Laura Kadner
May 23, 2014 7:13 am

When you’re a kid, peer pressure is not cool. It’s basically just bullying with a fancier name. It’s reduced to the idea that “if everyone else is doing it, you should, too.” It’s about trying to fit in and conform no matter what that means for your mental and physical health at times. The fear of social rejection is strong and it can lead people to do some pretty crazy things, especially impressionable kids. But then, one day, there’s a change. You’re an adult. And suddenly a light shines on the power of positive peer pressure.

As an adult, you’re hopefully more self-aware and more self-confident than you were as a kid. You have a sense of right and wrong and can distinguish between things that are good for yourself and things you’re doing just to please others. And suddenly peer pressure becomes a way to get you out of your comfort zone and into new adventures and experiences. At least it was for me.

I never would’ve trained for and run a 10k had I not been pressured into it by a group of friends. I hated crowds, running, and practicing for things. But after constant teasing about how left out I would feel if I didn’t and promises that we would all train for it together, and how we would all get in great shape, and what a fun community event it was, I signed up.

Previous to signing up, and after signing up, I hated running. But after starting to train and seeing that I was actually able to run more than ten minutes without wanting to die, I started to feel good. Both mentally and physically. There were days it went horribly, but whiny texts to friends were met with encouragement and kind words. And my even whinier texts were met with tough love and expletives. I kept going.

But shortly thereafter I found out my bracket started later than my friends so I would essentially be running alone. I wanted to quit the run since I’d only really signed up to do it with my chums and didn’t want to be stuck in a crowd of thousands all by myself. But after more carefully applied pressure from them, I agreed to go ahead with it. They said we’d all meet up after the race and I was being silly not to just run alone. It wasn’t that big a deal and, frankly, I was being babyish. They said maybe I’d even catch up to their bracket, so what difference did it really make? They were right. I figured we wouldn’t really be chatting anyway and I’d rather have Beyonce singing me power songs than listen to all our sweaty heavy breathing. I stuck with it.

I miraculously finished the 10k about 20 minutes faster than I thought it would take me. I was super proud of myself and realized I could push myself farther than I realized. And I got to impress my friends and family with my accomplishment. But most of all, I impressed myself with what I could do if I just tried. Thanks, peer pressure!

If feeling awesome about physical and mental feats you accomplish doesn’t entice you, peer pressure was also key in my experiencing new delicious foods. I used to hate super spicy and spiced foods. To me, they tasted like pain and pain is not a flavor. I didn’t eat anything remotely spicy or overly spiced for years. And certain fruits – figs, dates – were just gross. But then my friend pressured me into just having a bite – just a little nibble! And if I hated it, I hated it. And if I hated it, I was stupid. And, you know, it really is stupid not to try something you hated when you’re a kid. Kids are dumb. And you know what? I tried a fig and I didn’t hate it! I tried the spicier salsa, and I didn’t love it but the world didn’t end. A whole new world of wonderful flavors opened up to me. Just try a bite of something you thought you hated. Something terrible might happen – you might love it. Thanks again, peer pressure!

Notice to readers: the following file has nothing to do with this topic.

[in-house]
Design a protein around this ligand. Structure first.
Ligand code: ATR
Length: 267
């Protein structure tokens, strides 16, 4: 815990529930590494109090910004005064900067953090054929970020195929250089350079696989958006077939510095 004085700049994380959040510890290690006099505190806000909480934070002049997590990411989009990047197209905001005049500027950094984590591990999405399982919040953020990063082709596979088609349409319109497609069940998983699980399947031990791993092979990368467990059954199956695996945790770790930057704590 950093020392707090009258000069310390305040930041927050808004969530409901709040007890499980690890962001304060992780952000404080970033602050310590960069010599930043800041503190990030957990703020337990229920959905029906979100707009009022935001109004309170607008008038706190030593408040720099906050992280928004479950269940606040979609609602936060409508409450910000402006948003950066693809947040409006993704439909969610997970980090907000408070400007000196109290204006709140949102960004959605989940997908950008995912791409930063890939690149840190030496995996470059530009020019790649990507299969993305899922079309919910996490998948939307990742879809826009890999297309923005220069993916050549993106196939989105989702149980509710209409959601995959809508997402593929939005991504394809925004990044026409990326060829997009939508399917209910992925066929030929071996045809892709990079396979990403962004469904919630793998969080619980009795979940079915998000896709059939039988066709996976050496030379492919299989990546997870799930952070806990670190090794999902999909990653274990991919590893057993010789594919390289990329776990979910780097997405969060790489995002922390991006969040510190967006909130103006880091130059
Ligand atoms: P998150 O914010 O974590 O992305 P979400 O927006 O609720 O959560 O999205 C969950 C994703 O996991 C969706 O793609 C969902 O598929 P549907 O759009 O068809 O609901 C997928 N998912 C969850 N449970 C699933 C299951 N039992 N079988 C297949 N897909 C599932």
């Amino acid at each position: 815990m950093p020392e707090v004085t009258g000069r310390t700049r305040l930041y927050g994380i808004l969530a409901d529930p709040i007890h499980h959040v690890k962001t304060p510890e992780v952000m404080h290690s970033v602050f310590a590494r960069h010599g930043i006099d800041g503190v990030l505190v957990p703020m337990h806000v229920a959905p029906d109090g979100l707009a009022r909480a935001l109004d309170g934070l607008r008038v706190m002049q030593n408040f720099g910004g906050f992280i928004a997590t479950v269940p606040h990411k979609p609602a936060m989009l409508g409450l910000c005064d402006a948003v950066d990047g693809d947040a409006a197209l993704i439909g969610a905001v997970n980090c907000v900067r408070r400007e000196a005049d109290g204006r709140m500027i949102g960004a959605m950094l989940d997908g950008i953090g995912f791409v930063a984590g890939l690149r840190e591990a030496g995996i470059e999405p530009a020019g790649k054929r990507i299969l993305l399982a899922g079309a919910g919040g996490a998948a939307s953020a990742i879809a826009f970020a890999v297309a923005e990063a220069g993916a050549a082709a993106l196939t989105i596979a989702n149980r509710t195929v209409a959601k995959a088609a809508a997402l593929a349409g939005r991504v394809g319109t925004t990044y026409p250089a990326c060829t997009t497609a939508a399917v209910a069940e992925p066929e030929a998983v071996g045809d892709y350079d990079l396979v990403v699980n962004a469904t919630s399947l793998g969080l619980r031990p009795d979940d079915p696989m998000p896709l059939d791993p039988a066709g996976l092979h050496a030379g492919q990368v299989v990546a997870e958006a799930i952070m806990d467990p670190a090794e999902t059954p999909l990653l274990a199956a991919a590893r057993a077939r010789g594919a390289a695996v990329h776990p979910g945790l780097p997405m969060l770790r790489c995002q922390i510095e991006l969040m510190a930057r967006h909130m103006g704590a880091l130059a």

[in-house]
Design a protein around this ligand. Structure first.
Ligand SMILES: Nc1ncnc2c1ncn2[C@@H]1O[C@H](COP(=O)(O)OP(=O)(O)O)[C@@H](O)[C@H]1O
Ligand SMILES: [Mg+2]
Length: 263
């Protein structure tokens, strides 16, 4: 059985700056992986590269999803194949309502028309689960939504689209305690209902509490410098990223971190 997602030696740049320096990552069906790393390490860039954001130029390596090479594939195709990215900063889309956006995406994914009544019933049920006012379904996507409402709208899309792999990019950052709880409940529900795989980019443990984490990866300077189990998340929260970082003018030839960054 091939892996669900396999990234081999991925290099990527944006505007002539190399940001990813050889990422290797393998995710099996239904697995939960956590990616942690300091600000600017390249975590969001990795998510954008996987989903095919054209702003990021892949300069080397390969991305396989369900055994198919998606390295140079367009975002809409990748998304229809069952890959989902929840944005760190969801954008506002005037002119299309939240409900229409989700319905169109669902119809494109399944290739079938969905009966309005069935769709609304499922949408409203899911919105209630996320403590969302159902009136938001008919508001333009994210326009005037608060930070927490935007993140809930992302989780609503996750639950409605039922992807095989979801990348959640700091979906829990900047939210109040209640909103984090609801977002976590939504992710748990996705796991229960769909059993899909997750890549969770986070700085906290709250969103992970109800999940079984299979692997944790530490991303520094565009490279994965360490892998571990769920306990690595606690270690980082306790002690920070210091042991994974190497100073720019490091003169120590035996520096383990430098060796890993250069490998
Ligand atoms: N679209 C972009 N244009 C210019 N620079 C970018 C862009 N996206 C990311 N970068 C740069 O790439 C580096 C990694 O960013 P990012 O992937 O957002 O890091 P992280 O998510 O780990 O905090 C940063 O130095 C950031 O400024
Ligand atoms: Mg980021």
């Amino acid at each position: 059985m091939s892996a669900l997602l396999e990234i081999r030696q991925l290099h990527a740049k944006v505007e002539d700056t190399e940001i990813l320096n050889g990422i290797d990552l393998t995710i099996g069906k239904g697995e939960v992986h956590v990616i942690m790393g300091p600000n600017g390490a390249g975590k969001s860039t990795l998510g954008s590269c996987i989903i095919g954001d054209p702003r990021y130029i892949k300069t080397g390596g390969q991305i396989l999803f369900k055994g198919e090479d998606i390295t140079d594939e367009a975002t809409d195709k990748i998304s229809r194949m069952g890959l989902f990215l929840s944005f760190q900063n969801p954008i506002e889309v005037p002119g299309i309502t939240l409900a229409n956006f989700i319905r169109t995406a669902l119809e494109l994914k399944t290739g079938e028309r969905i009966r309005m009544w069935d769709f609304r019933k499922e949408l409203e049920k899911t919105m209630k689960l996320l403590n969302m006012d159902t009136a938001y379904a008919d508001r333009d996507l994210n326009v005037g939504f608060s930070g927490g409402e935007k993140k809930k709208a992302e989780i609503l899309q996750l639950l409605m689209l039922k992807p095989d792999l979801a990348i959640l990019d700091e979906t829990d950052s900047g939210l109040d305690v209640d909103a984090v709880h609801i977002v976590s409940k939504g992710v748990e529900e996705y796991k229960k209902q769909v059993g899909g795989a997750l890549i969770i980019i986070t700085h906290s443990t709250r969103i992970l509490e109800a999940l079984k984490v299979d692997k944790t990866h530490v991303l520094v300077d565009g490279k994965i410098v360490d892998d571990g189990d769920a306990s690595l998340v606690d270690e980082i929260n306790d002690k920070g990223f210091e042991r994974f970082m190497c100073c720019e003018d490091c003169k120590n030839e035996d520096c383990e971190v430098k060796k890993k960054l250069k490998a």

And if even that’s too much for you, try just saying yes to an invitation. Get off your butt, off your couch, off your Netflix queue. There are some nights where I just wanted to sit around my house, stuffing my gob and watching TV. Then there’s that friend who texts you. He or she wants to go out into the night and socialize. It sounds horrible. But they goad you, tease you, make you feel guilty for not hanging out with them. So you drag yourself out of sweatpants, throw yourself together, and head out into the darkness. And sometimes, it’s not terrible. Sometimes it’s actually fun. And if it’s a miserable time, you and your friend get to laugh about the ridiculousness of it later. And sometimes terrible times make for great stories. Like that time I didn’t want to go out on Halloween in New York and ended up on a subway stuck with a barfing girl and a guy I later found out stabbed his boyfriend. Fun times. Thanks one more time, peer pressure!

Sure, sometimes peer pressure sucks. But when you’re an adult you know when people are bullying you in a negative way and when you’re just being too stubborn to get out of your own way. Friends, through fond bullying and supportive pushing, can get you to be a healthier, smarter, more interesting person. Let people help you! Even if they have to pressure you.  It might be to join the group by going on that roller coaster that scares you. It might be agreeing with your friend that you are good enough to be applying for that job you think you won’t get. Or it could just be listening to that pal who wants you to get healthier by taking a walk everyday. Really listen to the peer pressure and decide if it’s there because your friends and family believe in you and want you to be the best you there is. If it’s there to make you a better person.

Seriously. Take a chance and do the thing everyone wants you to do. It just might be the best decision you’ve made all day.

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